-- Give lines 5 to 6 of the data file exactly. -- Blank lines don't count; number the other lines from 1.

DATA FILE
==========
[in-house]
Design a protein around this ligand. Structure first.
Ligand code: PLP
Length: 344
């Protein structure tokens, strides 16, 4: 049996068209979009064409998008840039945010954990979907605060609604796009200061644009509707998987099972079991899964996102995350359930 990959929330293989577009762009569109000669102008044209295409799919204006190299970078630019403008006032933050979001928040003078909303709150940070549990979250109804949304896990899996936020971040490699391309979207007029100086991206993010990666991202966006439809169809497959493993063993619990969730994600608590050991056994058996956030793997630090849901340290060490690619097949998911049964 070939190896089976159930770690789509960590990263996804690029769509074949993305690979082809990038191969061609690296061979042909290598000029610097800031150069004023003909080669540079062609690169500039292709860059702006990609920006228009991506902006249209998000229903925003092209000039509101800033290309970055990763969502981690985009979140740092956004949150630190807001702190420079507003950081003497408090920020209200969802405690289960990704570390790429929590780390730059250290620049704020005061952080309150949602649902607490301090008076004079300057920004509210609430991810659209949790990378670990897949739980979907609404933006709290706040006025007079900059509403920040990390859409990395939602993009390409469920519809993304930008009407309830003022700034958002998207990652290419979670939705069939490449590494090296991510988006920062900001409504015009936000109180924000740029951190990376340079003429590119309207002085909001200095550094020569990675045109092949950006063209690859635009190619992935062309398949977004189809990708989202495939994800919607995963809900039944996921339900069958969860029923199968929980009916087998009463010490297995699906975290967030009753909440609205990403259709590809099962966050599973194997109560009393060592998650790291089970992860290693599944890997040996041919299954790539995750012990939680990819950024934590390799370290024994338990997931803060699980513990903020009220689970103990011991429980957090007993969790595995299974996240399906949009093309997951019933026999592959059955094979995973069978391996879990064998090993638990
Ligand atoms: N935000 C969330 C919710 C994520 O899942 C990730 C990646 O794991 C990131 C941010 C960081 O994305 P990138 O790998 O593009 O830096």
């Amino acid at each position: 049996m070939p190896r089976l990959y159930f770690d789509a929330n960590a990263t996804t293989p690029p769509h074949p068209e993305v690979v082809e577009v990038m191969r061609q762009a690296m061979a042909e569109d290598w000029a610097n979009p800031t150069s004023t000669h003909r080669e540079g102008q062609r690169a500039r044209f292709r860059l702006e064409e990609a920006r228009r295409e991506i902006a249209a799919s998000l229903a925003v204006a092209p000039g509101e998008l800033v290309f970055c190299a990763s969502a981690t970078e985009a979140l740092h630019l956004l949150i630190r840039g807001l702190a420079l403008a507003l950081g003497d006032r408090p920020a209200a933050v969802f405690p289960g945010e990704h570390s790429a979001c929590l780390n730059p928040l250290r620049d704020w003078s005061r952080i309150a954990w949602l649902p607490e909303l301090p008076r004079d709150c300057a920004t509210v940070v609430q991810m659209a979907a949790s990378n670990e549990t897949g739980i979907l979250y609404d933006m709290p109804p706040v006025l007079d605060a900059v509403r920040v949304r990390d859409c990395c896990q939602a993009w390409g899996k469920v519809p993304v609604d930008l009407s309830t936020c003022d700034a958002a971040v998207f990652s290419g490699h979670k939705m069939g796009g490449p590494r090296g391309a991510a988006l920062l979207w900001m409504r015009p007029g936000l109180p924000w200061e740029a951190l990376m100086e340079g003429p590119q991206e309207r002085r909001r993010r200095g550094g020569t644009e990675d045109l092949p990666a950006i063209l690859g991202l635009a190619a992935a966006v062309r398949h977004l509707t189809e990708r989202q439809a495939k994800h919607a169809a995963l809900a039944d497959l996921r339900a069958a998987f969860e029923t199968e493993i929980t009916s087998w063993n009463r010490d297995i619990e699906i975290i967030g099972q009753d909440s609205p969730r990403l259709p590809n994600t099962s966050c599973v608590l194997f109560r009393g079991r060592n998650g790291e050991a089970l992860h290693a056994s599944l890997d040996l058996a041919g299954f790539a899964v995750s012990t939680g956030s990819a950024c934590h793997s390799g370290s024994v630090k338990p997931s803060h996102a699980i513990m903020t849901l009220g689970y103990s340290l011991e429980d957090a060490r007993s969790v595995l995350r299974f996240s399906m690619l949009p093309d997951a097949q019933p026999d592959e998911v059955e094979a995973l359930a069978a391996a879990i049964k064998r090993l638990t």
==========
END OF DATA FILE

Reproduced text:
């Protein structure tokens, strides 16, 4: 049996068209979009064409998008840039945010954990979907605060609604796009200061644009509707998987099972079991899964996102995350359930 990959929330293989577009762009569109000669102008044209295409799919204006190299970078630019403008006032933050979001928040003078909303709150940070549990979250109804949304896990899996936020971040490699391309979207007029100086991206993010990666991202966006439809169809497959493993063993619990969730994600608590050991056994058996956030793997630090849901340290060490690619097949998911049964 070939190896089976159930770690789509960590990263996804690029769509074949993305690979082809990038191969061609690296061979042909290598000029610097800031150069004023003909080669540079062609690169500039292709860059702006990609920006228009991506902006249209998000229903925003092209000039509101800033290309970055990763969502981690985009979140740092956004949150630190807001702190420079507003950081003497408090920020209200969802405690289960990704570390790429929590780390730059250290620049704020005061952080309150949602649902607490301090008076004079300057920004509210609430991810659209949790990378670990897949739980979907609404933006709290706040006025007079900059509403920040990390859409990395939602993009390409469920519809993304930008009407309830003022700034958002998207990652290419979670939705069939490449590494090296991510988006920062900001409504015009936000109180924000740029951190990376340079003429590119309207002085909001200095550094020569990675045109092949950006063209690859635009190619992935062309398949977004189809990708989202495939994800919607995963809900039944996921339900069958969860029923199968929980009916087998009463010490297995699906975290967030009753909440609205990403259709590809099962966050599973194997109560009393060592998650790291089970992860290693599944890997040996041919299954790539995750012990939680990819950024934590390799370290024994338990997931803060699980513990903020009220689970103990011991429980957090007993969790595995299974996240399906949009093309997951019933026999592959059955094979995973069978391996879990064998090993638990
Ligand atoms: N935000 C969330 C919710 C994520 O899942 C990730 C990646 O794991 C990131 C941010 C960081 O994305 P990138 O790998 O593009 O830096």